Azumah, who was a running back in college, continued to make the transition into an NFL defensive back. As his NFL experience grew, he also saw time on special teams and special situations on defense. In 2001 Azumah was given a contract extension. On January 19, 2002, during the divisional playoff game versus the Philadelphia Eagles, Azumah intercepted then quarterback Donovan McNabb and returned the ball 39 yards for a touchdown. That was the last touchdown scored in old Soldier Field.[10]

His best season came in 2003 when he led the league in kickoff returns with a twenty-nine-yard average and two touchdowns. In 2004, Azumah was selected to represent the NFC in the NFL Pro Bowl as a kick returner. In that game Azumah broke the record for return yards with 228.[11] He also recovered a fumble.

For Azumah's career, he appeared in 105 games with 48 starts. He had 384 tackles, 10 interceptions, 29 pass defense, 6.5 sacks, 6 forced fumbles and one recovery. Azumah retired in March 2006.[12]

Notable UNH teammates of Jerry Azumah are Jason Ball (San Diego Chargers), Dan Kreider (Pittsburgh Steelers, St. Louis Rams, Arizona Cardinals) Randal Williams (Dallas Cowboys, Oakland Raiders) and Ryan Day (Ohio State Head Football Coach).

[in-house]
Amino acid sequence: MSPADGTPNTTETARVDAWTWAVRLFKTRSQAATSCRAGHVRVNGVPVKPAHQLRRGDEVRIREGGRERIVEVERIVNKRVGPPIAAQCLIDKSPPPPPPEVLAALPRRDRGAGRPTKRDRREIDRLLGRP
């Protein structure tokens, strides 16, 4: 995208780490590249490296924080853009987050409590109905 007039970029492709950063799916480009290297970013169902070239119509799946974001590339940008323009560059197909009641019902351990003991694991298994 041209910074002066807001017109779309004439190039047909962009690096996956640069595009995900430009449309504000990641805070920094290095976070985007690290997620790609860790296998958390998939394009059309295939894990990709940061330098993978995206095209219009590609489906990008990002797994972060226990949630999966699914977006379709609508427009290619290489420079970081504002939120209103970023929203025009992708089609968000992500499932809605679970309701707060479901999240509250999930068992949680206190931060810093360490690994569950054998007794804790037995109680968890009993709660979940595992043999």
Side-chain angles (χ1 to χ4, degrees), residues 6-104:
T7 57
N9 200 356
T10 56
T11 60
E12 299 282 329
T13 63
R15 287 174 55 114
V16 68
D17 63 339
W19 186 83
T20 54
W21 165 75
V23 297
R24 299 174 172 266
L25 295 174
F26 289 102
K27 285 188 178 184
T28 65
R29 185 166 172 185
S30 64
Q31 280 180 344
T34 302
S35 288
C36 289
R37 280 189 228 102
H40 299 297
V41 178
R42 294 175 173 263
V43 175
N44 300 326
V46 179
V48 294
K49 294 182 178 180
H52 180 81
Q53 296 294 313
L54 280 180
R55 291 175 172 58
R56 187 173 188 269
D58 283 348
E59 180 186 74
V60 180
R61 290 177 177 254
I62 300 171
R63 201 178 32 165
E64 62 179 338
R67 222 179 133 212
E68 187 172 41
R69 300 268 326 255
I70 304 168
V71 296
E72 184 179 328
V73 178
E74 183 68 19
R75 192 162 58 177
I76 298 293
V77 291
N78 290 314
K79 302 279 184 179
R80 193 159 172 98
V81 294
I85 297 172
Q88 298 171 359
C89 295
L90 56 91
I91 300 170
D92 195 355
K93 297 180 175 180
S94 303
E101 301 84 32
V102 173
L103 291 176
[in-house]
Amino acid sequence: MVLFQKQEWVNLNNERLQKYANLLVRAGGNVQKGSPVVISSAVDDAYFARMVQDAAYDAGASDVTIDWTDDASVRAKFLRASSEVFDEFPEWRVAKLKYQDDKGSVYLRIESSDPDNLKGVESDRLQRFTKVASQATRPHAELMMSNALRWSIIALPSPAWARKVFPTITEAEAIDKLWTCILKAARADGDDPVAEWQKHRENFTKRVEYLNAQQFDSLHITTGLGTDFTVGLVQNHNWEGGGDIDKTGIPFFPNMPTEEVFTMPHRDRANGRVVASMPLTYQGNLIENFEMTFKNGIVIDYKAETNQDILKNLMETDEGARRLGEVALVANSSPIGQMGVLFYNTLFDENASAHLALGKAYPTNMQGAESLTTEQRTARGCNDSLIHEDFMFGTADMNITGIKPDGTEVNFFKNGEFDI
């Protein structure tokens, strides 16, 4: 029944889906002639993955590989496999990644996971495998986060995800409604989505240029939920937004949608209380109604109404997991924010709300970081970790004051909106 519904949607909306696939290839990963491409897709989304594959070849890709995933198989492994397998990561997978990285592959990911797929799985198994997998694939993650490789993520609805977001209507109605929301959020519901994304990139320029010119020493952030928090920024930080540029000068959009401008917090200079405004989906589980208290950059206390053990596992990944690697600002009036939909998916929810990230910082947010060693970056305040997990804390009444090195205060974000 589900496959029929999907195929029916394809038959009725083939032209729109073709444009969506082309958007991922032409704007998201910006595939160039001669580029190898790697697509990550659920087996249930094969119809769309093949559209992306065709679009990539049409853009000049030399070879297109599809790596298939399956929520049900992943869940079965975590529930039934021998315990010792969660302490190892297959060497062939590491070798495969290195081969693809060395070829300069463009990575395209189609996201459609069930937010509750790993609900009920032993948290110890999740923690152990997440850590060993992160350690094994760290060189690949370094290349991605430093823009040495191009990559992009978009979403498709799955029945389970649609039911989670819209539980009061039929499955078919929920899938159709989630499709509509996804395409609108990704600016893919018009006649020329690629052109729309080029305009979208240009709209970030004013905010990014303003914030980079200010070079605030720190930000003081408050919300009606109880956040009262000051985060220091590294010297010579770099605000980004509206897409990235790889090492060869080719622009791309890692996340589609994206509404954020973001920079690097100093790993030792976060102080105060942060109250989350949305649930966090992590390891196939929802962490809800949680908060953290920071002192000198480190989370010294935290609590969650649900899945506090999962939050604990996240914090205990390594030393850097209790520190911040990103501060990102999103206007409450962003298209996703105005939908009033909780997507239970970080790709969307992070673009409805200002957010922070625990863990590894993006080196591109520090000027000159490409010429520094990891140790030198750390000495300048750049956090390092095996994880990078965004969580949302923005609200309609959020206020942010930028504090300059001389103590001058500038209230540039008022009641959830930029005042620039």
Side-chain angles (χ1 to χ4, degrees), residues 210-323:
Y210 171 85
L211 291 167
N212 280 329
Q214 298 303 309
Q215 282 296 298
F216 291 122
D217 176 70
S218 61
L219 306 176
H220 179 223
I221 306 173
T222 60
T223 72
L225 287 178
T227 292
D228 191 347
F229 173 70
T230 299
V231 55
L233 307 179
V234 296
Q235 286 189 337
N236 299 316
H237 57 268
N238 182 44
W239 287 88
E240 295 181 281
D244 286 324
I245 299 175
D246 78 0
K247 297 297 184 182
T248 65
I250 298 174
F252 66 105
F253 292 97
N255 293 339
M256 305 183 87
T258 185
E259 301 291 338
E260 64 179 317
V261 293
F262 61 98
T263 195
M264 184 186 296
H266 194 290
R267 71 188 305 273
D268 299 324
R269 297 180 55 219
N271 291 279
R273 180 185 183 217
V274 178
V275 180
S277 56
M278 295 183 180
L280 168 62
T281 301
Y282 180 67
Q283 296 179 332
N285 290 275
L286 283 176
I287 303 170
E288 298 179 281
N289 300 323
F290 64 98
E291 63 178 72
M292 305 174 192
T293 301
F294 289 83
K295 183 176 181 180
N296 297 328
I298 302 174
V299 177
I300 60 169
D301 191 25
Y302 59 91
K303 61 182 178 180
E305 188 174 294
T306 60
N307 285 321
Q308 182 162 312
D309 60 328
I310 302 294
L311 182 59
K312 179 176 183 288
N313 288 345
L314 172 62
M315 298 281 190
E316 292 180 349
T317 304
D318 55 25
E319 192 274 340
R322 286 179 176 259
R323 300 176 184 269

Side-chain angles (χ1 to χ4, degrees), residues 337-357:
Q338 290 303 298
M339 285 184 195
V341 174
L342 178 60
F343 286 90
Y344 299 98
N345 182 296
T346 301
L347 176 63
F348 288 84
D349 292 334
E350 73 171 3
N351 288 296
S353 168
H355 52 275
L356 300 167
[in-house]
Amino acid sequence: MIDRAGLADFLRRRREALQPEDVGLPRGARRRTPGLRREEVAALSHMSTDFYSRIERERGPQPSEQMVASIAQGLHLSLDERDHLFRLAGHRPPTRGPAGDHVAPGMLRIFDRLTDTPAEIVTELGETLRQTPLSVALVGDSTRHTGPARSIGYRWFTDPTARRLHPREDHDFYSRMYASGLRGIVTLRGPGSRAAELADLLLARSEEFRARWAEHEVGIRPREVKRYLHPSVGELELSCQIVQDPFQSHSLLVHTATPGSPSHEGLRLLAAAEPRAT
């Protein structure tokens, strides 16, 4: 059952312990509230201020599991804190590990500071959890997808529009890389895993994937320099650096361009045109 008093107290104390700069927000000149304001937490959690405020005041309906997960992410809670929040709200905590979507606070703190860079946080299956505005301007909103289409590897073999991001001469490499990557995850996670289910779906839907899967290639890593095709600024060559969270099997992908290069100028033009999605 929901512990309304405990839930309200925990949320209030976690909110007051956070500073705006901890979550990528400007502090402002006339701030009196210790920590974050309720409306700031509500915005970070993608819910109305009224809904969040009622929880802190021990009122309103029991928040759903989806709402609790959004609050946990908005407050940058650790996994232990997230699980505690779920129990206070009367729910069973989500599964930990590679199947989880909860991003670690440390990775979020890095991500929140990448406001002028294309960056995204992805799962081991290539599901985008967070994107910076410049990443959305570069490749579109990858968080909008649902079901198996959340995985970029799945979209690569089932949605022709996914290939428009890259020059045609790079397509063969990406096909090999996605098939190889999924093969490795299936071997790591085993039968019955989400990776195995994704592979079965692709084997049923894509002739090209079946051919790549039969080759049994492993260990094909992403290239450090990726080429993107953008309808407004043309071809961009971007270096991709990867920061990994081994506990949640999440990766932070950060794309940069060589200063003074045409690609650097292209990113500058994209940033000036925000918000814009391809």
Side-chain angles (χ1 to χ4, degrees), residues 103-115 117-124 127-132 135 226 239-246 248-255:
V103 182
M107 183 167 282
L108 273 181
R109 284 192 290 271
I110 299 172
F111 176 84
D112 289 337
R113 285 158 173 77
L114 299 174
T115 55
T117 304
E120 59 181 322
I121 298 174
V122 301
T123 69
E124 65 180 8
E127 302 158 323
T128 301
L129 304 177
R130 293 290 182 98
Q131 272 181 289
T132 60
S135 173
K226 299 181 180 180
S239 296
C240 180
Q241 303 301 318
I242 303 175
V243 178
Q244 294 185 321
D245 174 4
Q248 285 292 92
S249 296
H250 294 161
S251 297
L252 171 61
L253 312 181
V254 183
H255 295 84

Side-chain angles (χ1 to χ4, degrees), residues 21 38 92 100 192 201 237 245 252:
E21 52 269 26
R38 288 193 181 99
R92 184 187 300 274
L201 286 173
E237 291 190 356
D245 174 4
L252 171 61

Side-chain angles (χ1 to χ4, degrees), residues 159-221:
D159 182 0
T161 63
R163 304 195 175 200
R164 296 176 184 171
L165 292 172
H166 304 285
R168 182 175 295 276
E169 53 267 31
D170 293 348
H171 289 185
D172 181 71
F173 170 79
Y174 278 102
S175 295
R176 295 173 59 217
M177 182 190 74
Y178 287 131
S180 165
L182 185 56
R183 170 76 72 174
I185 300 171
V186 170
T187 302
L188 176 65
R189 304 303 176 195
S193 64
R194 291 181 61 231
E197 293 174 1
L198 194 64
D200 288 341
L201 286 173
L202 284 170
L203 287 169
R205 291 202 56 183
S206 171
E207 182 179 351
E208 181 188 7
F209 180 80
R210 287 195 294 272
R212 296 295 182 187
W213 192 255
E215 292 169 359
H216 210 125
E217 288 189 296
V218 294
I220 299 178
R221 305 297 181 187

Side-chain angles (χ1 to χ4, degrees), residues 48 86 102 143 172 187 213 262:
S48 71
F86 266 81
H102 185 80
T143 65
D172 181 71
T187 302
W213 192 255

Post NFL career


Azumah has been seen on the Chicago Bears post game coverage and commentary on WFLD-TV, Fox Chicago and appeared weekly on Fox Chicago's Good Day Chicago.[13] Azumah started his television broadcasting career on Comcast SportsNet Chicago in 2006 as a post game analyst and feature reporter. Azumah also worked for ESPN 1000 radio in Chicago in 2010.[14]

Currently, Azumah can be heard on his new podcast titled "To the Points With Jerry Azumah." Azumah breaks down prime time NFL matchups and discusses his weekly betting strategy. The podcast is available for free on all streaming platforms.

Philanthropic activity


Azumah became a board member of the University of New Hampshire Foundation in 2001. The Foundation builds private support for the University of New Hampshire. In the summer of 2003, Azumah donated a six-figure gift to the Foundation which was directed to the university's athletic department. The Jerry Azumah Performance Center was a direct result of Azumah's gift.[15] At age 25, Azumah became the youngest UNH alumnus to give a gift over $100,000.[citation needed]

In 2004 Azumah started the Azumah Student Assistance Program (ASAP). ASAP is a charitable 501(c)(3) organization and provides scholarships for disadvantaged students that attend private, secondary education. The program helps students in both Massachusetts and Illinois.[16]

As a retired member of the Chicago Bears Football Club, Azumah joined the Board of Directors of Bears Care in 2006, the philanthropic arm of the Chicago Bears. Currently, Azumah is serving as the president of Bears Care, which was founded in 1989 and supports youth athletics, education, medical research and treatment programs for breast and ovarian cancer.[17] In 2022, Azumah joined the Metropolitan Family Services Board of Directors. MFS's mission is to provide and mobilize the services needed to strengthen families and communities.[18]